Petition calls for EU ban on commercial trade to protect tigers
Conservationists are urging the EU to ban all commercial trade in tigers and tiger parts, after recent police operations found the trade is not only an issue in Asia, but also Central Europe.
Police and customs officials in the Czech Republic raided properties in Prague and central and northern Bohemia, on suspicion of illegally killing tigers and possessing tiger products.
A recently killed tiger was seized at one of the properties, where a suspect was processing tiger bones and other tiger products. The suspects shot the tigers in the eyes to avoid damaging the skin and those killed were used to make tiger broth.
Czech authorities also found tiger meat and products on sale at the Vietnamese market, Sapa, in Prague.
According to international animal charity FOUR PAWS, one of the raided facilities was owned by circus leader Ludvik Berousek. Research by the charity in June shows a meeting in which Mr Berousek revealed his tiger breeding facility in Prague and discussed the sale of tigers to Asia.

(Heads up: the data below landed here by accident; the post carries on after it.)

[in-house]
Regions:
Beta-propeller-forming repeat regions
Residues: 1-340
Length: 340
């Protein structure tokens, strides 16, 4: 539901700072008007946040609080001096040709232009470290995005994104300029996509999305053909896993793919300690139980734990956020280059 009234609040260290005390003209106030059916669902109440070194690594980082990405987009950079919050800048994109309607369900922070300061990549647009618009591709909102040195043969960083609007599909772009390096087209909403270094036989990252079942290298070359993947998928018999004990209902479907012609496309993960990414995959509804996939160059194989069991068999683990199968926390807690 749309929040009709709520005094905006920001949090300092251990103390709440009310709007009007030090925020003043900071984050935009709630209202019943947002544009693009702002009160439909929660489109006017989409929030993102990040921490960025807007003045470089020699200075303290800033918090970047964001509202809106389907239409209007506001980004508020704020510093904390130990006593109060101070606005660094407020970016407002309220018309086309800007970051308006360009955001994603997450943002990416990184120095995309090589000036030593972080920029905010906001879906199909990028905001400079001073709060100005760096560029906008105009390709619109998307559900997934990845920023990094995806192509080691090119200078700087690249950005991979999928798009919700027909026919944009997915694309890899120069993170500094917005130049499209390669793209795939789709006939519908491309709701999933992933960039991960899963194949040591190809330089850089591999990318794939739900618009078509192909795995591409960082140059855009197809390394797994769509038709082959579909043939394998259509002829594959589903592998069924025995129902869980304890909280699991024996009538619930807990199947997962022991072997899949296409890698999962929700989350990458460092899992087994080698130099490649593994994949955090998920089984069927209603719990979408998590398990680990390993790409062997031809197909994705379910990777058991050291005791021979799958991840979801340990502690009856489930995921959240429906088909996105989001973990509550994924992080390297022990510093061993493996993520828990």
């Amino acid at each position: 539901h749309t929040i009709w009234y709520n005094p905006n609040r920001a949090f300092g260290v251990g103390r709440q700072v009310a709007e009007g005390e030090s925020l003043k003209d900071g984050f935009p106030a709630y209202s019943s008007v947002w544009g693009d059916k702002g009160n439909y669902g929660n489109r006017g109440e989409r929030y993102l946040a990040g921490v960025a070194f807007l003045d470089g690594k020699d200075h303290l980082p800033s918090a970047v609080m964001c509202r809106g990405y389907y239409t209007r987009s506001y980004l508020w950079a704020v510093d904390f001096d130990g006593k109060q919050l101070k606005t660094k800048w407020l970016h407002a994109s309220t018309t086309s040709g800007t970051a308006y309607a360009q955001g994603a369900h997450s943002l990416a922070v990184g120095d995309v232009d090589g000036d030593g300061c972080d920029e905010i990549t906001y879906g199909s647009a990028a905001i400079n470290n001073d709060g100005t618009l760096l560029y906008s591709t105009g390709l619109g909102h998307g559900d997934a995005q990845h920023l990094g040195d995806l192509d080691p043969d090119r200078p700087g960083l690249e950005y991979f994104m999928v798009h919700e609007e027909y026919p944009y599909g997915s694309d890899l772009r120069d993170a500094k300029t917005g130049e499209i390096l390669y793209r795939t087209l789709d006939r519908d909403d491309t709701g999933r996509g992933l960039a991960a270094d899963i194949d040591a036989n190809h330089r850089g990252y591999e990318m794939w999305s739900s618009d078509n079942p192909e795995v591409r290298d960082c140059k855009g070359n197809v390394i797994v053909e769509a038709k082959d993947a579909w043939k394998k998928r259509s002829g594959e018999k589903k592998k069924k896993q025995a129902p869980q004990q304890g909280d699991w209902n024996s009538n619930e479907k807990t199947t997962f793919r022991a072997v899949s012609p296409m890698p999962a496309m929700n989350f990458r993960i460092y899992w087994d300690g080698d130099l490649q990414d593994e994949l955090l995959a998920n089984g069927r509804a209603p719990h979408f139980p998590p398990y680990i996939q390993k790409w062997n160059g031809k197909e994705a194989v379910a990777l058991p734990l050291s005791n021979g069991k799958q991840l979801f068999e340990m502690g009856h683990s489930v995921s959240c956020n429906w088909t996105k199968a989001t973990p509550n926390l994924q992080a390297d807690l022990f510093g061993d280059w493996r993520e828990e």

In the 20th century, tiger populations declined by more than 90 per cent around the world. There are thought to be just 3,900 left in the wild today. Much of this is driven by demand for tigers to be displayed commercially and traded for their body parts, for use in traditional Asian medicines.
Under current legislation, tigers born in captivity in Europe can be traded for commercial purposes, such as circuses, photo opportunities or private keeping.
FOUR PAWS has launched a petition urging the European Commission to ban the commercial trade in tigers.
Kieran Harkin, head of wildlife campaigns, said: “It is shocking how the EU does so much to combat the trade in wildlife in other parts of the world, but we have turned a blind eye to protecting an endangered species on our own doorstep…
“The EU should take a leading role in protecting these endangered species and ban all commercial trade ensuring tiger traders and businesses have no place in the EU.”